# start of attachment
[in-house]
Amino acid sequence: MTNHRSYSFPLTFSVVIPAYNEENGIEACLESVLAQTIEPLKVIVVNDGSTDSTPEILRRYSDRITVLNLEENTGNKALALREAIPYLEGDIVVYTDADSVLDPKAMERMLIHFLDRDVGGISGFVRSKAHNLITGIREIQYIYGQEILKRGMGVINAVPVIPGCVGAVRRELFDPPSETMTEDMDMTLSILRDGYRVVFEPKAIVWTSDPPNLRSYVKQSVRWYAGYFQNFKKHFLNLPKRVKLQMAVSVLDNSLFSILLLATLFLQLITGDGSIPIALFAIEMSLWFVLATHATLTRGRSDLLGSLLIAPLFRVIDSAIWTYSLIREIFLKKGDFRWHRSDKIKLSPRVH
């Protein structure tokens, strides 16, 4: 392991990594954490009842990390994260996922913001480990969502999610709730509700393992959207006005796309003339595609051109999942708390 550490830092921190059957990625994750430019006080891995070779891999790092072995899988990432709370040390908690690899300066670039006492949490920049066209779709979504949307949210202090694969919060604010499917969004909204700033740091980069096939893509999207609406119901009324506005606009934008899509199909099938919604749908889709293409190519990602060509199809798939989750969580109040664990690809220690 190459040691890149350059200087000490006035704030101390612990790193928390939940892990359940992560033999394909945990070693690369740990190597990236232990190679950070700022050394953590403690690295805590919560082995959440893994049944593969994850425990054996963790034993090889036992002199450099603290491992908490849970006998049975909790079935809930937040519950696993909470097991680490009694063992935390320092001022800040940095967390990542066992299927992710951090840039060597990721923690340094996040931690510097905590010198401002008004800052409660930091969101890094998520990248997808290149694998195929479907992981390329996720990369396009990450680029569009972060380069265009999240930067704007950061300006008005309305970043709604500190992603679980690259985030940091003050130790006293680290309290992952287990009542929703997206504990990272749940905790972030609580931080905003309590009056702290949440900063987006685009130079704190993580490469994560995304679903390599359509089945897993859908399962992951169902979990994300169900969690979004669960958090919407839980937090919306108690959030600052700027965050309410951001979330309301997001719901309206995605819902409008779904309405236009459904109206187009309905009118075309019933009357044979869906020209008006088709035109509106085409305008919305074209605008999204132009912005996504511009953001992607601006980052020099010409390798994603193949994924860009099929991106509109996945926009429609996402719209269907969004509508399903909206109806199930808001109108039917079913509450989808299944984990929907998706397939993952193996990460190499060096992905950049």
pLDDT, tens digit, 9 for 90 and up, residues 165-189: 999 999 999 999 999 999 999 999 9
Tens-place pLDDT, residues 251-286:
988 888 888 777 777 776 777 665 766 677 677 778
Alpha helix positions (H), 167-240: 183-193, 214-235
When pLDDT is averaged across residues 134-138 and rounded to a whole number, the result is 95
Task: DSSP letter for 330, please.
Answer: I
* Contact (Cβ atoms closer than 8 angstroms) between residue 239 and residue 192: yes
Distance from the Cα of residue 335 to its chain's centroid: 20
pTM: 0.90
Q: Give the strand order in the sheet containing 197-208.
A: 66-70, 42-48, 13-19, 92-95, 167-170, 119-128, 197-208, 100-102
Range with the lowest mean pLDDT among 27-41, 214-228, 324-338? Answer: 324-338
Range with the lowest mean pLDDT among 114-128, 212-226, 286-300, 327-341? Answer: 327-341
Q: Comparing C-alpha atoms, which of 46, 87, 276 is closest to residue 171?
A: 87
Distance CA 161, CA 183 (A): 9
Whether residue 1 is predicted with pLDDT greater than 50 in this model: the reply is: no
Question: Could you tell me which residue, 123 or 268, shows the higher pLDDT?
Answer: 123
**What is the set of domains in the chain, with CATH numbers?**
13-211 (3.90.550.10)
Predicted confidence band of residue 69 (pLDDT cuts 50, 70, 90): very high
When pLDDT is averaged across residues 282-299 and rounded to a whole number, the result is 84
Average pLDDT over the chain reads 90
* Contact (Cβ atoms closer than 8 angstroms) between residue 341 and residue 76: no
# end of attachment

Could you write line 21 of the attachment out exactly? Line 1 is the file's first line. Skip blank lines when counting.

Whether residue 1 is predicted with pLDDT greater than 50 in this model: the reply is: no